14. The overvoltage and overcurrent protection system of claim 13, wherein the terminal is configured to connect to one of a twisted pair of wires or a coaxial cable.
15. An overvoltage and overcurrent protection system, comprising:
a first overvoltage and overcurrent protection circuit, comprising:
a first gas discharge tube including a first electrode, a second electrode and a third electrode, the third electrode connected to a ground;
a first transient blocking unit (TBU) connected in series with the first electrode of the first gas discharge tube;
a first capacitor connected in parallel with the first TBU;
a second TBU connected in series with the second electrode of the first gas discharge tube;
a second capacitor connected in parallel with the second TBU;
a first diode bridge connected in series with the first and second capacitors; and
a first avalanche diode connected across the first diode bridge.
16. The overvoltage and overcurrent protection system of claim 15, further comprising:
a second avalanche diode connected in series with the first avalanche diode across the first diode bridge.
17. The overvoltage and overcurrent protection system of claim 15, further comprising:
a second overvoltage and overcurrent protection circuit, comprising:
a second gas discharge tube including a fourth electrode, a fifth electrode and a sixth electrode, the sixth electrode connected to the ground;
a third TBU connected in series with the fourth electrode of the second gas discharge tube;
a third capacitor connected in parallel with the third TBU;
a fourth TBU connected in series with the fifth electrode of the second gas discharge tube;
a fourth capacitor connected in parallel with the fourth TBU;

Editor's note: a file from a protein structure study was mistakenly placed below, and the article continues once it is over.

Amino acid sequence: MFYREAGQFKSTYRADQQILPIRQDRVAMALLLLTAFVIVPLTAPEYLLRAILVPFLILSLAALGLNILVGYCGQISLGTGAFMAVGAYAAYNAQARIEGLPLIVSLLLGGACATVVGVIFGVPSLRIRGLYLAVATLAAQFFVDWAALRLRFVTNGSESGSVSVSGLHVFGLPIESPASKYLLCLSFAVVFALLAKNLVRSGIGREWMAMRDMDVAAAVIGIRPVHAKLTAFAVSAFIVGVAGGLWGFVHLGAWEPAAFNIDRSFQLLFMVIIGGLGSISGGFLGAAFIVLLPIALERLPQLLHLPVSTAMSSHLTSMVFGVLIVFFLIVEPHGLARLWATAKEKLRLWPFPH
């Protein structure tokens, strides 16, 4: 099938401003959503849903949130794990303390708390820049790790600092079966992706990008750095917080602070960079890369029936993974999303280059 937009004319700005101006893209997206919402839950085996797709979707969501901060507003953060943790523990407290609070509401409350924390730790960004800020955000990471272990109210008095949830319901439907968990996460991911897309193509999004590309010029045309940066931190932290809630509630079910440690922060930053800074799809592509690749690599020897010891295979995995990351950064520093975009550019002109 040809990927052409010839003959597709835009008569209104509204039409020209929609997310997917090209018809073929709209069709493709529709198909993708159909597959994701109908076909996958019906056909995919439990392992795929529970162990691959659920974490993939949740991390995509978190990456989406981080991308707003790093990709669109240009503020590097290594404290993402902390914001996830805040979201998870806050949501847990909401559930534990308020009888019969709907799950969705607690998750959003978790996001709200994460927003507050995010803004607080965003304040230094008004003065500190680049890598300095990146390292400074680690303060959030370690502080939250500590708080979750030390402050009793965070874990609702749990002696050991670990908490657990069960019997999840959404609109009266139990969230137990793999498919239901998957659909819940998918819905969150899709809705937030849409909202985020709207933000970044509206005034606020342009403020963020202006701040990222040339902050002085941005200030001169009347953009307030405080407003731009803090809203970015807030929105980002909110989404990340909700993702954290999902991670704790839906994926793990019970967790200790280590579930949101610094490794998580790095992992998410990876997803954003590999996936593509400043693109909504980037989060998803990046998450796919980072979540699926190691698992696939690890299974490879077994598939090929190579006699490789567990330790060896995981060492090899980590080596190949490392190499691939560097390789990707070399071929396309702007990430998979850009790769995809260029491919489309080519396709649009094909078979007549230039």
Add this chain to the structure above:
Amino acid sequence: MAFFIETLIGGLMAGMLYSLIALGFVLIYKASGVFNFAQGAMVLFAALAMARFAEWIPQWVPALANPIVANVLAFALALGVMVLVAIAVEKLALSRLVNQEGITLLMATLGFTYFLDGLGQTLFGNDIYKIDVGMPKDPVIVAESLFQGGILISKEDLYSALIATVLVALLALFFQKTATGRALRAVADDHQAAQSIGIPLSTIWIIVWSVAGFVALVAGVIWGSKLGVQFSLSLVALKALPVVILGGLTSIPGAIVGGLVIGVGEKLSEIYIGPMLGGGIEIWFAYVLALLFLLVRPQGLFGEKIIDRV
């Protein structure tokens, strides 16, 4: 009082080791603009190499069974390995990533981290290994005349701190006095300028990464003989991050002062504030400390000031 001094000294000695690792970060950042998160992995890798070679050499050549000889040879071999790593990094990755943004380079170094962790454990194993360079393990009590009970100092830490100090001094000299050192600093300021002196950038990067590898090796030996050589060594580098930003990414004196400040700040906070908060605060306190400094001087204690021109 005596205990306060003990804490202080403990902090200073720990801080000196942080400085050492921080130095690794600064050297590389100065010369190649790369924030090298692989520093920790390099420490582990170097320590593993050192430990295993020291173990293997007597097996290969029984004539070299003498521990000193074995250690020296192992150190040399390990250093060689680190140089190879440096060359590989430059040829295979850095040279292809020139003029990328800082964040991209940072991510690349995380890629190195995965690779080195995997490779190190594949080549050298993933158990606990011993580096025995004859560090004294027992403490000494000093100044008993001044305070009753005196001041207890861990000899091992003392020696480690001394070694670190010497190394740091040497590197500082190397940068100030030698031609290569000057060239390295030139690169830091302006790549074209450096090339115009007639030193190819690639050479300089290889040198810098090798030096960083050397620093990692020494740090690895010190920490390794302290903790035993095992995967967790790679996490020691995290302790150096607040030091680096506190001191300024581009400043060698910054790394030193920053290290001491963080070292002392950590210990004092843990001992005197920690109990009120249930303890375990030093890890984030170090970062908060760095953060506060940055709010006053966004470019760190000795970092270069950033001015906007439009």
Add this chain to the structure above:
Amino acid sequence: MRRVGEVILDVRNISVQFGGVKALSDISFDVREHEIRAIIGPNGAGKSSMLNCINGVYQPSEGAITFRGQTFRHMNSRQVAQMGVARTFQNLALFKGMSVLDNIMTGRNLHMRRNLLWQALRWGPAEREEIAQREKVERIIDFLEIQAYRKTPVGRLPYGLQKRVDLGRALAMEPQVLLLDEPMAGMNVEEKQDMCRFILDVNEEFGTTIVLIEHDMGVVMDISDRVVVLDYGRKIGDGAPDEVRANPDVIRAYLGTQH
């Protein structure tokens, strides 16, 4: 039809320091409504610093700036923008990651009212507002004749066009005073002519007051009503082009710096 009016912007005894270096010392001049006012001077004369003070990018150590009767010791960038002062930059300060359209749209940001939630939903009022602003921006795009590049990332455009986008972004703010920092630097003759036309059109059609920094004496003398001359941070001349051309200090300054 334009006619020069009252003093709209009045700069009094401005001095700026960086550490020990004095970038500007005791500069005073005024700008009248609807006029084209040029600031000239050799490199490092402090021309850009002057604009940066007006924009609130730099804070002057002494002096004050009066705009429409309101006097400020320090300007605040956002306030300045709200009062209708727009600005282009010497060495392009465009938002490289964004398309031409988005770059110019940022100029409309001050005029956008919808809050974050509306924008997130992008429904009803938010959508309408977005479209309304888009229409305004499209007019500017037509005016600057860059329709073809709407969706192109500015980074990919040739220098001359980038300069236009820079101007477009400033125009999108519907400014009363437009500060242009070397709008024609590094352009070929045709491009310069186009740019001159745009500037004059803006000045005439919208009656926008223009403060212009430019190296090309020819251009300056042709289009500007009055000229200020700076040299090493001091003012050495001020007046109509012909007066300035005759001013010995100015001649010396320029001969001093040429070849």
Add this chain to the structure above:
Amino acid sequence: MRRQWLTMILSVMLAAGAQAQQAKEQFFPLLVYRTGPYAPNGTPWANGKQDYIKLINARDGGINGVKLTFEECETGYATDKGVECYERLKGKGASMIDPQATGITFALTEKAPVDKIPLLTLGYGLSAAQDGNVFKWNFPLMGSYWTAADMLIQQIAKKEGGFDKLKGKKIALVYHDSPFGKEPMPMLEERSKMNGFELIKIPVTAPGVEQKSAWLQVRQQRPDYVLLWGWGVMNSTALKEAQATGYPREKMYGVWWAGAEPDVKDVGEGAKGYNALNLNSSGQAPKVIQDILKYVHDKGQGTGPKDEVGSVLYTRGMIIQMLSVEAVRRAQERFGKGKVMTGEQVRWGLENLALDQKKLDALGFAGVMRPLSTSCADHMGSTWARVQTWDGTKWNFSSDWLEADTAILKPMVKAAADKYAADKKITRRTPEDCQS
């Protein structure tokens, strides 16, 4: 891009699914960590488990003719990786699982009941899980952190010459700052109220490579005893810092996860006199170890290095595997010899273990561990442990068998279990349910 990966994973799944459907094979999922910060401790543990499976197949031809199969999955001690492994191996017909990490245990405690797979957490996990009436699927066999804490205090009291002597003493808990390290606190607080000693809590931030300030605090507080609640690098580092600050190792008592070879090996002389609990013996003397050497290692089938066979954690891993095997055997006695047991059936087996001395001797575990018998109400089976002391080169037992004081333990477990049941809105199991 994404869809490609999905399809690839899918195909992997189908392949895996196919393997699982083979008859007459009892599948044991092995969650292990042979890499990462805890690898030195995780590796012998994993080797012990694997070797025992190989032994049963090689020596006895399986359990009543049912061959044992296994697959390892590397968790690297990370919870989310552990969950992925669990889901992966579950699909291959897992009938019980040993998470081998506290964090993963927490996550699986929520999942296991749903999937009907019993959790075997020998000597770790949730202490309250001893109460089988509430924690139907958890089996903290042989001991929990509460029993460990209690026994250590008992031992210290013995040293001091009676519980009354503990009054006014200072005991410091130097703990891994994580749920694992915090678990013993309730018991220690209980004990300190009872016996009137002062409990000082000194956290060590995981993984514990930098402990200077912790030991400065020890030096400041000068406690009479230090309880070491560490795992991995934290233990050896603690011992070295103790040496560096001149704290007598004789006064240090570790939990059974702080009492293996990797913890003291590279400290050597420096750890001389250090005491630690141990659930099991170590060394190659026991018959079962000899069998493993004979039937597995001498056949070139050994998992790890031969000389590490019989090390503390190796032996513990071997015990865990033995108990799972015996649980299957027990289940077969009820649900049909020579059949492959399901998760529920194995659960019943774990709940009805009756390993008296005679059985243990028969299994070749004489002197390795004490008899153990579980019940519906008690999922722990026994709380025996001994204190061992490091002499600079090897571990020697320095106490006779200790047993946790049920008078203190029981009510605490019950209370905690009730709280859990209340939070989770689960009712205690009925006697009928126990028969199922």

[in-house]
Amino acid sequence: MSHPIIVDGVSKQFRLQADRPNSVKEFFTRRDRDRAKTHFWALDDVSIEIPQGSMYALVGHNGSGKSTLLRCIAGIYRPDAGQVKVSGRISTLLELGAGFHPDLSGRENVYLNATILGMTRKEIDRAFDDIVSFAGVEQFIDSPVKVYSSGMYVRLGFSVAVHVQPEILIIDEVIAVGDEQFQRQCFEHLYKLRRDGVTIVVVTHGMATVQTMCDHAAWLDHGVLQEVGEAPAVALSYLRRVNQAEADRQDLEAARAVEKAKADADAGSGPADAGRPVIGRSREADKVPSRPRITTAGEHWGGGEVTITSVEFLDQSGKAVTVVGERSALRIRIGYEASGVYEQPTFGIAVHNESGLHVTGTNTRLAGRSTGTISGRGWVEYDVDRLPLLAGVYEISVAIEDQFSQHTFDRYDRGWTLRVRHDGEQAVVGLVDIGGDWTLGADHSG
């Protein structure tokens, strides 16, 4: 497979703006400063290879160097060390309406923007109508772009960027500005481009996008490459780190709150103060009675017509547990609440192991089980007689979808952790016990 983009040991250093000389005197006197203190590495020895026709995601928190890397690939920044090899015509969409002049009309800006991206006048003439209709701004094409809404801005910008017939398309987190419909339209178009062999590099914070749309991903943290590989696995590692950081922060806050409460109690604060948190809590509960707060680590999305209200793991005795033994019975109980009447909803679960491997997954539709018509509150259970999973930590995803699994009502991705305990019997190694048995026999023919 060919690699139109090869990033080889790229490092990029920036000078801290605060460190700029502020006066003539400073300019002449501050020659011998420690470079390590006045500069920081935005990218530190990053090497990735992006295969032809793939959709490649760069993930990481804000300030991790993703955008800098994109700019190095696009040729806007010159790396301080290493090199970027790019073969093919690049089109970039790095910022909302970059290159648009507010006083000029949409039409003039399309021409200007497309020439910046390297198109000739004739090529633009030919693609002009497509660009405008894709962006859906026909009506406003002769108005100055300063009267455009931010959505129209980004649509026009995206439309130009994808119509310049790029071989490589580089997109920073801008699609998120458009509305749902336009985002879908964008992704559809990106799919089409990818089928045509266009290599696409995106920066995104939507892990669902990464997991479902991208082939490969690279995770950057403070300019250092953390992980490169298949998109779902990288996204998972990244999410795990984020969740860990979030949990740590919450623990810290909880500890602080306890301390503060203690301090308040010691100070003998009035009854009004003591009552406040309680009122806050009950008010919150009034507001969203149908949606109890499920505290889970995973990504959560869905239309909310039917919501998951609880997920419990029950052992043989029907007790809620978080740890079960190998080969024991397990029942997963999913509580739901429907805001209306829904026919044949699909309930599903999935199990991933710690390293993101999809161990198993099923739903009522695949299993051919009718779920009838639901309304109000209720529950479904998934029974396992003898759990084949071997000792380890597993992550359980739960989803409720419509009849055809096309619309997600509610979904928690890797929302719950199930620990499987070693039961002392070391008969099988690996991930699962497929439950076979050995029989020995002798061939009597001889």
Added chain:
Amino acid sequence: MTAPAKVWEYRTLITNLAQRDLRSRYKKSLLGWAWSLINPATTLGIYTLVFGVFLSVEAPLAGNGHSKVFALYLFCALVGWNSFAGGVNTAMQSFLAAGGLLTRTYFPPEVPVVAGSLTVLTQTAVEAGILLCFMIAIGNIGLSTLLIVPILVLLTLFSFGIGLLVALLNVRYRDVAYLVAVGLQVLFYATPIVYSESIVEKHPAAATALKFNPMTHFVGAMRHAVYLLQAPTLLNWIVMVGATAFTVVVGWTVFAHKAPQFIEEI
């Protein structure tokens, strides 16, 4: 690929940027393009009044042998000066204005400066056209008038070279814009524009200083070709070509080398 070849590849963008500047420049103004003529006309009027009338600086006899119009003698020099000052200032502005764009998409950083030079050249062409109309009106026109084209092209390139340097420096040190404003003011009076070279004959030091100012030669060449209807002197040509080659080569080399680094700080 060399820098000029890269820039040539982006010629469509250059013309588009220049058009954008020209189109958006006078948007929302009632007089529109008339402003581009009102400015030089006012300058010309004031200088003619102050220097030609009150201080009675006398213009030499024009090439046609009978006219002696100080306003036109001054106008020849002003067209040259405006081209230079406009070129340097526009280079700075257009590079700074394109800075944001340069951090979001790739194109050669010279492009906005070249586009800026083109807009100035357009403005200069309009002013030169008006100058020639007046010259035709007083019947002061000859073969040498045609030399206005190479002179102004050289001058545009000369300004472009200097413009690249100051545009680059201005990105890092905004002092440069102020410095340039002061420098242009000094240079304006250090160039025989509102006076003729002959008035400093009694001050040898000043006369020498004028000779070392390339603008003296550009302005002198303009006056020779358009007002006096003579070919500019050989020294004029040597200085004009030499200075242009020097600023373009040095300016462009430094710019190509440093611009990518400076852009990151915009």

a second diode bridge connected in series with the third capacitor and the fourth capacitor; and
a third avalanche diode connected across the second diode bridge.
18. The overvoltage and overcurrent protection circuit of claim 17, further comprising:
a fourth avalanche diode connected in series with the third avalanche diode across the second diode bridge.
19. An overvoltage and overcurrent protection system, comprising:
a first overvoltage and overcurrent protection circuit, comprising:
a first gas discharge tube including a first electrode, a second electrode and a third electrode, the third electrode connected to a ground;
a first PTCR connected in series with the first electrode of the first gas discharge tube;
a first capacitor connected in parallel with the first PTCR;
a second PTCR connected in series with the second electrode of the first gas discharge tube;
a second capacitor connected in parallel with the second PTCR;
a first diode bridge connected in series with the first and second capacitors; and
a first thyristor connected across the first diode bridge.
20. The overvoltage and overcurrent protection system of claim 19, further comprising:
a second overvoltage and overcurrent protection circuit, comprising:
a second gas discharge tube including a fourth electrode, a fifth electrode and a sixth electrode, the sixth electrode connected to the ground;
a third PTCR connected in series with the fourth electrode of the second gas discharge tube;
a third capacitor connected in parallel with the third PTCR;
a fourth PTCR connected in series with the fifth electrode of the second gas discharge tube;
a fourth capacitor connected in parallel with the fourth PTCR;
a second diode bridge connected in series with the third capacitor and the fourth capacitor; and
a second thyristor connected across the second diode bridge.
21. An overvoltage and overcurrent protection system, comprising:
a first overvoltage and overcurrent protection circuit, comprising:
a first gas discharge tube including a first electrode, a second electrode and a third electrode, the third electrode connected to a ground;
a first PTCR connected in series with the first electrode of the first gas discharge tube;
a first capacitor connected in parallel with the first PTCR;
a second PTCR connected in series with the second electrode of the first gas discharge tube;
a second capacitor connected in parallel with the second PTCR;
a first diode bridge connected in series with the first and second capacitors; and